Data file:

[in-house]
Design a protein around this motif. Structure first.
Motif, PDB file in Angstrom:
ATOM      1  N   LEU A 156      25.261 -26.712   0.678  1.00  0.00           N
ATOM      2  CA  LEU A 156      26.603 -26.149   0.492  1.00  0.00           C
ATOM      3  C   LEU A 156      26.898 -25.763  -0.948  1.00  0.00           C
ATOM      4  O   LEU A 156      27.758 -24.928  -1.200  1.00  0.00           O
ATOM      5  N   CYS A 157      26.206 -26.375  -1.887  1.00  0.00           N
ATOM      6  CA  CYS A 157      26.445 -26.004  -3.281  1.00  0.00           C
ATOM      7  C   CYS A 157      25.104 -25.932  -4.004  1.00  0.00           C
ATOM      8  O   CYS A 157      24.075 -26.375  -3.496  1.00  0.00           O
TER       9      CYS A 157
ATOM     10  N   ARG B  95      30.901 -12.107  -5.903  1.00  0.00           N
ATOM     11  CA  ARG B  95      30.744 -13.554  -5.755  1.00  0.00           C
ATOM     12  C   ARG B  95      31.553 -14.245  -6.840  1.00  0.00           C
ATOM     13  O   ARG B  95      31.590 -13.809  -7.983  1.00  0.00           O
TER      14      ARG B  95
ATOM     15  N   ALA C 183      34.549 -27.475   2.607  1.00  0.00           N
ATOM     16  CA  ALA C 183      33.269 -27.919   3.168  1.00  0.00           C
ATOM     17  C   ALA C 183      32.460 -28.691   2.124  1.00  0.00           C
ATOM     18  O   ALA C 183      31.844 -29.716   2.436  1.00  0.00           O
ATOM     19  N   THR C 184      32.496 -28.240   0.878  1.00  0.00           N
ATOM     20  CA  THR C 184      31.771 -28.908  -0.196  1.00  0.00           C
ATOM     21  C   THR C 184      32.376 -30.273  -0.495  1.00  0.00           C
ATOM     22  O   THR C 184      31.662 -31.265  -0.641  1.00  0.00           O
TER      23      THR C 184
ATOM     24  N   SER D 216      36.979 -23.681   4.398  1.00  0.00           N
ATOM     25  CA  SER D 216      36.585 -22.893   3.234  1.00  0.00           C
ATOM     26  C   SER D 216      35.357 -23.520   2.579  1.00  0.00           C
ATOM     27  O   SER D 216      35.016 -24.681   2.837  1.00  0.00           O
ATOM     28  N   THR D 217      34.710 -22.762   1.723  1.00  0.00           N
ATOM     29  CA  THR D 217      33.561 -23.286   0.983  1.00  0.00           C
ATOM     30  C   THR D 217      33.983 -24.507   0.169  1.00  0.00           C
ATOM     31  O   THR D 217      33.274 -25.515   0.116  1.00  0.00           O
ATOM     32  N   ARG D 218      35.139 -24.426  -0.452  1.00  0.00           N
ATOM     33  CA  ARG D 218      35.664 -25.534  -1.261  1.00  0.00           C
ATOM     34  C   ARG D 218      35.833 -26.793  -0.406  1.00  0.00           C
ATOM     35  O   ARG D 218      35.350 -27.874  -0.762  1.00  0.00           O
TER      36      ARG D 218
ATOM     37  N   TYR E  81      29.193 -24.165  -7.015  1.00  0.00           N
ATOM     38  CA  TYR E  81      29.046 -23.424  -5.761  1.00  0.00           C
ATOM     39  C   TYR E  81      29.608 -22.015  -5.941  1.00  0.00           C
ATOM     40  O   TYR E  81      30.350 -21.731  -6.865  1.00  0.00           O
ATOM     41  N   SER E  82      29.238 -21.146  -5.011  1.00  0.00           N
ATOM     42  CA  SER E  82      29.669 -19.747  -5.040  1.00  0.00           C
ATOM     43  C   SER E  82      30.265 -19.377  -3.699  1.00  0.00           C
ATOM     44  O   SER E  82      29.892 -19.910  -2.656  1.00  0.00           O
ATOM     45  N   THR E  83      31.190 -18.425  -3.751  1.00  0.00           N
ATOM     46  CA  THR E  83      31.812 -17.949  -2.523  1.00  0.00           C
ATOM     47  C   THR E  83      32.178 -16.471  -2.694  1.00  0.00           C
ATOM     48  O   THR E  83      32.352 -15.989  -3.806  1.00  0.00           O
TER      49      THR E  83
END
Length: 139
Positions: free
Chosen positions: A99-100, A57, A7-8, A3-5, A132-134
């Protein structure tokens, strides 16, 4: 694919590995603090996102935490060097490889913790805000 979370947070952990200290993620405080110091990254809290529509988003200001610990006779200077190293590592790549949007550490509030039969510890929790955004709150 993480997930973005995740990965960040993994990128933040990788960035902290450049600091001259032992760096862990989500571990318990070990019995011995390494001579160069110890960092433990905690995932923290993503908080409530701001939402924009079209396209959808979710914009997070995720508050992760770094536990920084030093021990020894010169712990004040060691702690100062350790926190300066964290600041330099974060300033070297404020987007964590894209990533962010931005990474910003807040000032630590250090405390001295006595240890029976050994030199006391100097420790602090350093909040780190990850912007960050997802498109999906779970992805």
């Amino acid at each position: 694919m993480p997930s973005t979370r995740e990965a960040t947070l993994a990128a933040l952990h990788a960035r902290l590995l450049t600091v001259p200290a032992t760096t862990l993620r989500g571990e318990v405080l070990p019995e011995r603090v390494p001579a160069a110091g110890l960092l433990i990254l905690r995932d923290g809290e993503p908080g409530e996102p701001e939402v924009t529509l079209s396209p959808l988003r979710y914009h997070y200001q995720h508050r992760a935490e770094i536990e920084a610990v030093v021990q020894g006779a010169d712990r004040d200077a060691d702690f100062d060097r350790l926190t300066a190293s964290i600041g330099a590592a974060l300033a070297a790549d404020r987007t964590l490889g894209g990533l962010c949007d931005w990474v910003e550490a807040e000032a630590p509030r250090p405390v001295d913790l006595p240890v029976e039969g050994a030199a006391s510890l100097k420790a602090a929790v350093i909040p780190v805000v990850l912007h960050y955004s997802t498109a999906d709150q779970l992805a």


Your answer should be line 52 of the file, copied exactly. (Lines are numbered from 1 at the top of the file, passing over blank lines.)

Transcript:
TER      49      THR E  83